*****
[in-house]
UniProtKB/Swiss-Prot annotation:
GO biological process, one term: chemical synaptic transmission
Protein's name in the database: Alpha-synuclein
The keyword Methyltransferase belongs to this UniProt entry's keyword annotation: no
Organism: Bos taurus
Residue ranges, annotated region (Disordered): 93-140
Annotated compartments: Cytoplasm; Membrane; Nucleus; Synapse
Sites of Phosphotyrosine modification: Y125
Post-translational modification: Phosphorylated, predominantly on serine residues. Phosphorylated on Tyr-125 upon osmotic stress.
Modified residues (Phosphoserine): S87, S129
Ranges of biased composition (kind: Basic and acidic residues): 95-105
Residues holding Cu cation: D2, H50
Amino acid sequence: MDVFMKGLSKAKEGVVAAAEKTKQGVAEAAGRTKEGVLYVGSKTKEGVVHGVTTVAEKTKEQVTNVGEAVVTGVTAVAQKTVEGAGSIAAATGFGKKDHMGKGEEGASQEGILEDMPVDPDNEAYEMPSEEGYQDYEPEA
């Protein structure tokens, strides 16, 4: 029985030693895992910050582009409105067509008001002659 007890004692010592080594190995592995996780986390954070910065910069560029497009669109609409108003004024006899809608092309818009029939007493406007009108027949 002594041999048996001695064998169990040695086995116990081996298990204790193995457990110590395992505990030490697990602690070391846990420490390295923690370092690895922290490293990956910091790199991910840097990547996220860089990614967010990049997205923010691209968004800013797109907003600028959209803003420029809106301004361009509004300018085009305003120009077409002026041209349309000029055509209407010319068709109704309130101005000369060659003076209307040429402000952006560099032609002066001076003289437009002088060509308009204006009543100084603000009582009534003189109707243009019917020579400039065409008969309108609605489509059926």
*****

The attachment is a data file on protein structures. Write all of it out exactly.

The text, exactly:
[in-house]
UniProtKB/Swiss-Prot annotation:
GO biological process, one term: chemical synaptic transmission
Protein's name in the database: Alpha-synuclein
The keyword Methyltransferase belongs to this UniProt entry's keyword annotation: no
Organism: Bos taurus
Residue ranges, annotated region (Disordered): 93-140
Annotated compartments: Cytoplasm; Membrane; Nucleus; Synapse
Sites of Phosphotyrosine modification: Y125
Post-translational modification: Phosphorylated, predominantly on serine residues. Phosphorylated on Tyr-125 upon osmotic stress.
Modified residues (Phosphoserine): S87, S129
Ranges of biased composition (kind: Basic and acidic residues): 95-105
Residues holding Cu cation: D2, H50
Amino acid sequence: MDVFMKGLSKAKEGVVAAAEKTKQGVAEAAGRTKEGVLYVGSKTKEGVVHGVTTVAEKTKEQVTNVGEAVVTGVTAVAQKTVEGAGSIAAATGFGKKDHMGKGEEGASQEGILEDMPVDPDNEAYEMPSEEGYQDYEPEA
């Protein structure tokens, strides 16, 4: 029985030693895992910050582009409105067509008001002659 007890004692010592080594190995592995996780986390954070910065910069560029497009669109609409108003004024006899809608092309818009029939007493406007009108027949 002594041999048996001695064998169990040695086995116990081996298990204790193995457990110590395992505990030490697990602690070391846990420490390295923690370092690895922290490293990956910091790199991910840097990547996220860089990614967010990049997205923010691209968004800013797109907003600028959209803003420029809106301004361009509004300018085009305003120009077409002026041209349309000029055509209407010319068709109704309130101005000369060659003076209307040429402000952006560099032609002066001076003289437009002088060509308009204006009543100084603000009582009534003189109707243009019917020579400039065409008969309108609605489509059926």